(3)     The taxpayer may file Form 843 "Claim for Refund and Request for Abatement."  Form 843 is used to claim a refund or to ask for an abatement of certain types of taxes, penalties,

              fees and interest.

     (4)     The taxpayer may file Form 8857  "Innocent Spouse Relief."  If a taxpayer becomes aware of a tax obligation for which their spouse, (or former spouse), is solely responsible,

              the taxpayer should file Form 8857 to request relief from that tax liability.

Working with the IRS to settle a tax dispute is a complicated process.  Be sure to consult a tax professional to assist you.  Asheville Total Tax Solutions, Inc. has the expertise to guide you through the tedious  process of settling a tax dispute.







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Our practice focuses on, in addition to tax preparations, IRS representation of taxpayer before the IRS concerning collection matters.  We do tax planning either on event driven bases or comprehensively.  More than a few taxpayers who petition the United States Tax Court to settle their dispute with the IRS choose to represent themselves before the court rather than engage an attorney.  We assist these taxpayers through income tax research and other guidance.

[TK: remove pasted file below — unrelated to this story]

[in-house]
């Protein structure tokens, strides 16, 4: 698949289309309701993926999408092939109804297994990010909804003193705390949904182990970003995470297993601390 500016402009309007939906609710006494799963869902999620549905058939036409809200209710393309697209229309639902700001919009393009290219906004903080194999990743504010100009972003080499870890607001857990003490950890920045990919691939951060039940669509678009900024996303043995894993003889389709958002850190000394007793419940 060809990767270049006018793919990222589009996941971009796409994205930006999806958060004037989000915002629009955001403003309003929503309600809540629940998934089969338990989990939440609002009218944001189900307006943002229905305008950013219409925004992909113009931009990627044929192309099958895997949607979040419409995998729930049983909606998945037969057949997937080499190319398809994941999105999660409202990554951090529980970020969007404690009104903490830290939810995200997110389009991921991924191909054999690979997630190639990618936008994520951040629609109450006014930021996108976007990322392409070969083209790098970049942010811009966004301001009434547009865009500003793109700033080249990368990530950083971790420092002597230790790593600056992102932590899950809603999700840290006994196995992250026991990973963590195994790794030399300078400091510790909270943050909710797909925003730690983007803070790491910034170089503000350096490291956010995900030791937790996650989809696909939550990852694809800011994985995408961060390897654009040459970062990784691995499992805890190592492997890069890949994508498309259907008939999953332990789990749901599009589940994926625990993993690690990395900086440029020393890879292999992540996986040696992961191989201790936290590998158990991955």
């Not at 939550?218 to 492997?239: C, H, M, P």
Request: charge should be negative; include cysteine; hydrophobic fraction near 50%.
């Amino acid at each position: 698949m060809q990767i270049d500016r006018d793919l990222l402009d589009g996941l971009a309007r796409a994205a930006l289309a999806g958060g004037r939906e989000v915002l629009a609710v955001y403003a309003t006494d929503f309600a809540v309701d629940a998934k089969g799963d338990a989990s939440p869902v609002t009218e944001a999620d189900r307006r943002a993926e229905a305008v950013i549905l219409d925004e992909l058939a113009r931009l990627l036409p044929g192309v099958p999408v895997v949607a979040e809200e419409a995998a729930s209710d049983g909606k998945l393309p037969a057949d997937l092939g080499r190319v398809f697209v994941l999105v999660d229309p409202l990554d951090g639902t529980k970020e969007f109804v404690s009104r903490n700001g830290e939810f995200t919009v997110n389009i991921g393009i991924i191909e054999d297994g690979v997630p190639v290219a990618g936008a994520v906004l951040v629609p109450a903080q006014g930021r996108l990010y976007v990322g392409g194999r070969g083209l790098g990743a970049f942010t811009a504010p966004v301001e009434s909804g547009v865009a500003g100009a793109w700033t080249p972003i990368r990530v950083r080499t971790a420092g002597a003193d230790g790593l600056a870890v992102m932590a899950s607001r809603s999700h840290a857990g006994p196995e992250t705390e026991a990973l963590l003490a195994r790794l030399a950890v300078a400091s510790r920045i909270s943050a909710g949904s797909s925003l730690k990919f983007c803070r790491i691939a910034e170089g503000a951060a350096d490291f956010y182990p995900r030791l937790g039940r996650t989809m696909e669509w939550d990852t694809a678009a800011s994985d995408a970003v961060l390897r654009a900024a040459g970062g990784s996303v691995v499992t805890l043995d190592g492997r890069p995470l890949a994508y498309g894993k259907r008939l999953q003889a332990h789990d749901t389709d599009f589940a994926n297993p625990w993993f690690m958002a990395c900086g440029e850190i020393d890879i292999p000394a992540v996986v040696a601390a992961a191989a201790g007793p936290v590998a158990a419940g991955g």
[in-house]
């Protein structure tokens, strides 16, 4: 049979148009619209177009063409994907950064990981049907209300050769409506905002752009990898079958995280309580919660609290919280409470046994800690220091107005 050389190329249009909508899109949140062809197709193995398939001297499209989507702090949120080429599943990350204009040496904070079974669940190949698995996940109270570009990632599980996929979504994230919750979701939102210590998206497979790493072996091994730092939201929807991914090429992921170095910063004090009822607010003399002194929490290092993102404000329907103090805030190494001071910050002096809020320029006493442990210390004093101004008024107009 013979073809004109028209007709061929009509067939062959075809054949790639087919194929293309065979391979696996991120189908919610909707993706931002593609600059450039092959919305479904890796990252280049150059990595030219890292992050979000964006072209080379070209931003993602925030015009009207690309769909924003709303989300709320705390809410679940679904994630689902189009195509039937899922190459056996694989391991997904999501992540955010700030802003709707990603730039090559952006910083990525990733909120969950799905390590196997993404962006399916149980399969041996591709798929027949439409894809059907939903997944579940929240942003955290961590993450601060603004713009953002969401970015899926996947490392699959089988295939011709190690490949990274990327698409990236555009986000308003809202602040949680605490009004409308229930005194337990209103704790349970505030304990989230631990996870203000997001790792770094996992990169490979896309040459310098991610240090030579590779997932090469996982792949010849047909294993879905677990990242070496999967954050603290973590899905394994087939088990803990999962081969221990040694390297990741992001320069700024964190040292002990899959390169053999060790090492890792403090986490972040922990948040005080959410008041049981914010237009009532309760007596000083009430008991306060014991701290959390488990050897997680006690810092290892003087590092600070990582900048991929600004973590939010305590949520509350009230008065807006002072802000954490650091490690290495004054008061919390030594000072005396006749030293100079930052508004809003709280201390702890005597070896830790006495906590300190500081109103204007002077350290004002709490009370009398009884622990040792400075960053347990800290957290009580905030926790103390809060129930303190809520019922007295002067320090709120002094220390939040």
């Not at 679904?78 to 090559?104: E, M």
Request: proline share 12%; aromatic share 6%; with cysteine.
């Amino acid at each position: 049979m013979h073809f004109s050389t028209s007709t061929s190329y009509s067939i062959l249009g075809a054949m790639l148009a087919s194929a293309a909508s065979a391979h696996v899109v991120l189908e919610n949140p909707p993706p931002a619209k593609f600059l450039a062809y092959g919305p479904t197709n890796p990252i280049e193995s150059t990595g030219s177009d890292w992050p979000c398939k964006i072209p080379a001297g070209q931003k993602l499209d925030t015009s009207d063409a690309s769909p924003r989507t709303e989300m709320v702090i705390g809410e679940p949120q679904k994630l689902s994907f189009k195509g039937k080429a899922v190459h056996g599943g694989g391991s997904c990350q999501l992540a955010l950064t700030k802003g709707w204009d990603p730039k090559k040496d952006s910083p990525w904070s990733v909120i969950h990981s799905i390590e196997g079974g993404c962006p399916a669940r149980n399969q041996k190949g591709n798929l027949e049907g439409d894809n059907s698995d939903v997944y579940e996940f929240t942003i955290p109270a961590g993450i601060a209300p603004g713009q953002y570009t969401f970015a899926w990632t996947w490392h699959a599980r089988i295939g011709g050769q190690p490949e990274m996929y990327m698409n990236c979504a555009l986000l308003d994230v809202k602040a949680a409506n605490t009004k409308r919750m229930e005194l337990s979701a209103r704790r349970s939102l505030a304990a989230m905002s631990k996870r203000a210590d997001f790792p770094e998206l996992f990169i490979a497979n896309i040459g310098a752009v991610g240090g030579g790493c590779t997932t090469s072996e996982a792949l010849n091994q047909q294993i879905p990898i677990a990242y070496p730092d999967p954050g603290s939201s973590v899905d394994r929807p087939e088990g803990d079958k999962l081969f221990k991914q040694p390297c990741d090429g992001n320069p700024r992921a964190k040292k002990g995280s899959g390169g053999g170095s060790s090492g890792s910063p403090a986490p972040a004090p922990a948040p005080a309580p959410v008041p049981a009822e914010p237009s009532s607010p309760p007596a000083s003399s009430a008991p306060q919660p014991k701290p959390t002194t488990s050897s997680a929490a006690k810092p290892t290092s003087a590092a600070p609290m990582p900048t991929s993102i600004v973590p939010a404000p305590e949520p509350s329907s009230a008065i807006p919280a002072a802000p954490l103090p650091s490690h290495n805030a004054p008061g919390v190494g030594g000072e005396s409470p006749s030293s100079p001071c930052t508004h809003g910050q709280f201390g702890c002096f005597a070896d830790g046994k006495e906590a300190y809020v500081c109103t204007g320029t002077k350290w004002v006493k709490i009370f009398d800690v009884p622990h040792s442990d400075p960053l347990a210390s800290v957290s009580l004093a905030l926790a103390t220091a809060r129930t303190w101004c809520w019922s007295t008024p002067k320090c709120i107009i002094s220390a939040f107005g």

What is an audit reconsideration ?


Many times after an audit has been completed, the taxpayer discovers that the audit results were inaccurate.  These discoveries are common in the case of a so-called correspondence audit.  Office and field audits are generally accurate, but, errors are committed in these audits also.


There are three main types of IRS audits: a correspondence audit, an office audit and a field audit.  The correspondence audit involves a letter from the IRS requesting additional information about a particular part of the taxpayer's tax return.  An Office audit involves meeting with the IRS agent at the IRS office.  During a field audit, an IRS agent may visit a home or business to examine financial information.


An audit reconsideration exam gives the taxpayer another chance to arrive at the correct tax liability.


If you have any questions about audit reconsideration or other IRS examination issues in Asheville, North Carolina or the surrounding area please feel free to contact us at (828) 253-7231 or visit us on the web at